August 1, 2011:
The U.S. Navy is testing yet another new USV (unmanned surface vessel). This one was designed from scratch as a USV, not just the usual practice of taking existing small boats adapting them for remote and autonomous control. Called the Blackfish, it looks like a large (3.2 meter/10 feet long) unmanned jet ski. The Blackfish is equipped with vidcams, sonar and some other sensors. Using GPS, it can automatically patrol a predefined route, or be controlled remotely. What the navy wants here is an inexpensive USV for patrolling port areas where American ships are tied up. The USV must be able to detect divers, as well as small boats.
The U.S. Navy earlier developed the AMN 1, which is flat bottomed USV for operating in shallow coastal waters, and up rivers. For riverine operations, the navy has had to develop navigation software for tricky situations, like having the radar (in this case, laser based lidar) being able to detect a bridge as something it can go under, and not an obstacle to further movement. AMN 1 is equipped with most of the equipment that current USVs have been successful with.
Some existing USVs (like the Israeli Protector and the American Spartan Scout) are already being used to patrol coastal and port areas (the Gaza coast, and the waters around the Lebanese border, and the Iraqi coast). These USVs are basically 4-8 ton, 11 meter speedboats equipped with radar, GPS and vidcams, and armed with a remote control 12.7mm machine-gun (using night vision and a laser rangefinder) There is also a public address system, to give orders to boats that should not be there. These USVs have been used for over eight years. They can be controlled from an operator ashore, or in a nearby ship, usually out to the horizon or at least 10-20 kilometers distant. They can stay out 8-48 hours at a time (depending on how much high speed movement is used). The one big shortcoming is that most USVs are built for speed, not rough seas. So when the weather turns bad, and the waves get higher, they have to be brought in.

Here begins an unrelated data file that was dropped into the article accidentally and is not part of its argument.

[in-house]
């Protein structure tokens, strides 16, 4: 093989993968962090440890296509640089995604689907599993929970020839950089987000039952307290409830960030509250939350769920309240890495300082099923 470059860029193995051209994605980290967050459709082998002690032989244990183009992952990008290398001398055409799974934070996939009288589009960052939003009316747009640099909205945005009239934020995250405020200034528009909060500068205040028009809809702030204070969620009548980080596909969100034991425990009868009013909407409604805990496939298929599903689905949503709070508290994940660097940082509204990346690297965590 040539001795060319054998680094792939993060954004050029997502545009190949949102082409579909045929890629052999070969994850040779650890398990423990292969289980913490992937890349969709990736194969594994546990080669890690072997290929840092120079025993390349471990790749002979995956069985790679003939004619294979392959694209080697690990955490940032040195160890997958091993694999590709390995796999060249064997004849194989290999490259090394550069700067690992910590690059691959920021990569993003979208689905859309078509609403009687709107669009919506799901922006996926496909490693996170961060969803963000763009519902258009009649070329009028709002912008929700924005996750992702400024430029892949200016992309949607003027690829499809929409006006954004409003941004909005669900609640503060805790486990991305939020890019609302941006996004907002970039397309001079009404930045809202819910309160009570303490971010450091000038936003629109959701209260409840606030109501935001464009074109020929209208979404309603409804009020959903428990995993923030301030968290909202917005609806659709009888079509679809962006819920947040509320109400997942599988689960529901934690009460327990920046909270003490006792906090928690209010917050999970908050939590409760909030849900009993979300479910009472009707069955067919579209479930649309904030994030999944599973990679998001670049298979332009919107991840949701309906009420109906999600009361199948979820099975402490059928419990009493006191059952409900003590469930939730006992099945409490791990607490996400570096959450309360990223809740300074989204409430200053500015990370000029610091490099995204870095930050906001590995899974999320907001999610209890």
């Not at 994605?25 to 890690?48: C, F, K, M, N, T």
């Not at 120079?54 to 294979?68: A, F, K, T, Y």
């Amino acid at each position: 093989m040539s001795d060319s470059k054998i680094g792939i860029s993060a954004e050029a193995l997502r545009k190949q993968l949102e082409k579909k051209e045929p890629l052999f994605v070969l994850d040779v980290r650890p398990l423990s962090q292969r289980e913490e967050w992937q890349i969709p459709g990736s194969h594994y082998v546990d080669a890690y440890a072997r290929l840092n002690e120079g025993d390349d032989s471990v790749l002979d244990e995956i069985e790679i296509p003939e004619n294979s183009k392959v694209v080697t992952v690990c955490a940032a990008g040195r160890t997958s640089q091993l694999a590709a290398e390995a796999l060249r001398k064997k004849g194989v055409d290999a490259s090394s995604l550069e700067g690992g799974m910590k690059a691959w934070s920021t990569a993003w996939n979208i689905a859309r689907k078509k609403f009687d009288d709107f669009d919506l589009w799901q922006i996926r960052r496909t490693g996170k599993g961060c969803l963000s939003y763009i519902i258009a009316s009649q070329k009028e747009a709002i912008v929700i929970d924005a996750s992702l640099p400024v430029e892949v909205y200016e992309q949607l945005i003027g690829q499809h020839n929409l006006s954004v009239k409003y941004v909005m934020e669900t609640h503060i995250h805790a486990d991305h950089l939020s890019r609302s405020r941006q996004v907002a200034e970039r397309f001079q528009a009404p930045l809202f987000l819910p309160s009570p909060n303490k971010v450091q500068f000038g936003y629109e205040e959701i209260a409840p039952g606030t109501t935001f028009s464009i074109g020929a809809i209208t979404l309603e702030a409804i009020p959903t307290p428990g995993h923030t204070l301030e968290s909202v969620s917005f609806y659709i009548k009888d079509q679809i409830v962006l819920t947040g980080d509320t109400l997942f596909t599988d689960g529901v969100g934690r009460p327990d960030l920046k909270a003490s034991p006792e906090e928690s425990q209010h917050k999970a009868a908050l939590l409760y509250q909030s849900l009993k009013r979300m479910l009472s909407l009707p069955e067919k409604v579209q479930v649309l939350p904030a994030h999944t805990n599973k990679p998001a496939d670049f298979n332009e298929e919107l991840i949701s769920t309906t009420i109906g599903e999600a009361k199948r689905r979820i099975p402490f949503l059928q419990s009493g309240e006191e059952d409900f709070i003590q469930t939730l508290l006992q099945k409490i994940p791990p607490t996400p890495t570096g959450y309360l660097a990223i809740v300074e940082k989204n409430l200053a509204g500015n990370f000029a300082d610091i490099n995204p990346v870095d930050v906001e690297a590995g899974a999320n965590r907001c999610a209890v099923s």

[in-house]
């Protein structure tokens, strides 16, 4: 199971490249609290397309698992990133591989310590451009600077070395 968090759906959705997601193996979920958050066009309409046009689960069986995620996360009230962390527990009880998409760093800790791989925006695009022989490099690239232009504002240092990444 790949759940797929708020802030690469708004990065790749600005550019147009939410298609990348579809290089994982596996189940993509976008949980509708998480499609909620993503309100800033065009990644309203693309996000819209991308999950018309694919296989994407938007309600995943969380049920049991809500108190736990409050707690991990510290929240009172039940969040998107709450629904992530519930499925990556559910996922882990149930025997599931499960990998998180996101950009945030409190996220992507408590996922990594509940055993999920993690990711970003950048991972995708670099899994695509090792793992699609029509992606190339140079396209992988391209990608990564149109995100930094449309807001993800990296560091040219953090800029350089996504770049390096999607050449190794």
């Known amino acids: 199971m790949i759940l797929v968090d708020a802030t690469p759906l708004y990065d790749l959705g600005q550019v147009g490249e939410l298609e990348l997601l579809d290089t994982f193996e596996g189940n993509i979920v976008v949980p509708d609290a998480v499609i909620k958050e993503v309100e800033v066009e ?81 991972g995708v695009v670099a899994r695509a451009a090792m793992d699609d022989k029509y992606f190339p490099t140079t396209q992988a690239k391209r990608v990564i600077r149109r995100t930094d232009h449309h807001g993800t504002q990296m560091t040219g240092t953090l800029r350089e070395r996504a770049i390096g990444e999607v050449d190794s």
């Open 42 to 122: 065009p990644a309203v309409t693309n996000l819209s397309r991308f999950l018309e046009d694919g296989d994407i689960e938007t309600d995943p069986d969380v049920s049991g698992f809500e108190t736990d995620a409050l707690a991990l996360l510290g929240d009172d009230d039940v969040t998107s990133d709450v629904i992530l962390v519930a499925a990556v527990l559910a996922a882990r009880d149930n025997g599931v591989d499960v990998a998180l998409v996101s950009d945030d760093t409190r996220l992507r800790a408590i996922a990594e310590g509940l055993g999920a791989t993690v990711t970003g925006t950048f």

Spartan Scout was particularly useful when it got its first tryout in the Persian Gulf during late 2003. There are lots of small boats moving about, some of them up to no good. An Arab linguist on the mother ship was able to interrogate suspicious boats the Spartan Scout ran down. The civilian sailors were somewhat taken aback when they were interrogated by this Arab speaking boat that had no one aboard. While Spartan Scout was developed primarily to work with the new LCS (Littoral Combat Ship), every ship now wants one or more of them, just for port security.
The U.S. Navy has also developed a new anti-submarine USV (unmanned surface vessel) to operate from its LCS (Littoral Combat Ships). Officially called the 11-meter Fleet class Anti-Submarine Warfare Unmanned Surface Vehicle (ASWUSV), the 12.6 meter (39 foot) long boats weigh 8.5 tons and can carry 2.5 tons of sensors and other equipment. This USV can move up to 63 kilometers an hour and stay at sea for up to 24 hours. Most of the time, it would be moving slowly, using its sonar to search for subs. The ASWUSV is equipped with GPS and a computerized navigation system that allows it to automatically run search patterns. Thus the sailors controlling the boat remotely, can move it to an area that helicopter or aircraft dropped sonobuoys have picked up a contact, and pursue it more intensively with the more powerful sensors it has on board. Such pattern searching, worked out with algorithms derived from experience (with what subs can do), have been a successful tactic since World War II.
While two of these ASWUSVs can be carried by LCS ships, the boats can also be used from shore stations. Some were apparently tested in the Persian Gulf, to help keep the Straits of Hormuz free of Iranian submarines. The ASWUSV also carries vidcams and radar, to assist in avoiding collisions with other ships, and to keep Iranian gunboats from capturing or damaging one. The ASWUSV was developed based on experience with the Spartan Scout, while the AMN 1 is building on that experience and developing new design features for the next generation of USVs.